How to help your daughter succeed in school

How to help your daughter succeed in school

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Girls tend to outshine boys in early grades. Unfortunately, their success doesn't always carry through to middle school and beyond.

Social pressures mount as girls get older, and boys become both distractions and competitors in the classroom. Too many girls start falling behind after grade school because they lose confidence in themselves and lose sight of their priorities. In other words, they start to believe that their social ranking matters more than their academic standing.

The good news is, you can use the early grade-school years to give your daughter the strongest start for the years ahead – you just have to help her tap into her girl power.

1. Keep her challenged.

If your little girl is breezing through her school year, congratulations to you both. Just don't let all those gold stars breed complacency. "It's easy for a girl to think 'I'm successful now, and I'll always be successful,'" says Margaret King, an early childhood education specialist at Ohio University.

If you think your daughter is coasting instead of really learning, try challenging her with more advanced books or more difficult math problems than she gets at school. She'll realize that she doesn't "know it all," and it'll help keep her mind sharp for the tougher work ahead.

2. Cultivate an interest in science.

This is one area where girls' performance still falls behind boys', largely because girls don’t get enough encouragement from parents or teachers.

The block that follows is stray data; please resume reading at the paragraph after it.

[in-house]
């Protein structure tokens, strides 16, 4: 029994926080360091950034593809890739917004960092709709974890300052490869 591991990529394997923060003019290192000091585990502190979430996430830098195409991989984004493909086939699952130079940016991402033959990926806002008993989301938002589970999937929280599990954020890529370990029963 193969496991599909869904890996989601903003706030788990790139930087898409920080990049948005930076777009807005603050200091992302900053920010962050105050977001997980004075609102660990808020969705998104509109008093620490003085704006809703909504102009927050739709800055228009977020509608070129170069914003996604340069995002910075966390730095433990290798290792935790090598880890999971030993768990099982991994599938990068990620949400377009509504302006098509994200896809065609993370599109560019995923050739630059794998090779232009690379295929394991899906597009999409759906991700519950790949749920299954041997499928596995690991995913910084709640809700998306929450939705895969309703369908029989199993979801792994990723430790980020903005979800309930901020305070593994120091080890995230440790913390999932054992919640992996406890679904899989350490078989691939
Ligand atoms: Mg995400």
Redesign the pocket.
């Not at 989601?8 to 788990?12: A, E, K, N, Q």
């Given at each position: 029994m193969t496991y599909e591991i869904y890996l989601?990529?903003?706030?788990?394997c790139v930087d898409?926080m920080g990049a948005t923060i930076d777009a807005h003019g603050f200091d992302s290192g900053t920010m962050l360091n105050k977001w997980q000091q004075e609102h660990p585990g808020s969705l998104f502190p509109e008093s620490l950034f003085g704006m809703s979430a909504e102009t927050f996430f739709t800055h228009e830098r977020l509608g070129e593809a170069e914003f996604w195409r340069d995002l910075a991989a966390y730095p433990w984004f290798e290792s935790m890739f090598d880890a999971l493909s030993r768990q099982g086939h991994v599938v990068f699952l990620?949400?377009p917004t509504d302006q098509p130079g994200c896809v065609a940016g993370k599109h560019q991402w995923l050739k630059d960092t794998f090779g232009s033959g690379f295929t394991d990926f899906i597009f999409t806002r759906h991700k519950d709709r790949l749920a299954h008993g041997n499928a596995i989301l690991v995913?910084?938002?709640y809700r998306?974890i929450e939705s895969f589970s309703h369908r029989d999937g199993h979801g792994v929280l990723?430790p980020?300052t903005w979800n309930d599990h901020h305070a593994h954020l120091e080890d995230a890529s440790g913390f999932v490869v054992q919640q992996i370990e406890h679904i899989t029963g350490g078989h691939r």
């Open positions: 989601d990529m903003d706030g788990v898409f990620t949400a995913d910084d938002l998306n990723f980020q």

So go the extra mile to intrigue your daughter. Take her out to the country on a clear, moonless night for some sky gazing and tell her that scientists are always learning more and more of the stars' secrets. It might pique her interest in science if you teach her how to use a microscope or a simple circuit set.

3. Don't pigeonhole her strengths.

Think all girls are bad at math? Think again: A recent National Institutes of Health study found that when it came to handling numbers, boys and girls are equally matched.

If you jump to gender-based assumptions, you may make her believe – without meaning to – that math isn't her thing. Instead, watch your daughter. You may find that she's a whiz at fractions who needs a little help with her reading.

4. Give her a boost when she needs it.

If your daughter is struggling in a subject, it's time to get more involved: Read with her often, talk with her teacher to identify problem areas, help her understand her homework (without doing it for her), and encourage her progress at every step.

As much as you love your daughter, don't automatically blame the problem on the teacher. If your child is having trouble, getting defensive won't do her any good.

5. Show her that education matters.

Make sure your daughter knows that you appreciate her intellect and her effort. Point out women who are doing interesting, amazing things – and keep pointing them out through her whole childhood.

As social pressures begin to mount, many girls ratchet down their academic effort. Make sure your daughter knows that her academic success is important to you – and to her.

Watch the video: How to Help Your Child with Back to School Anxiety (May 2022).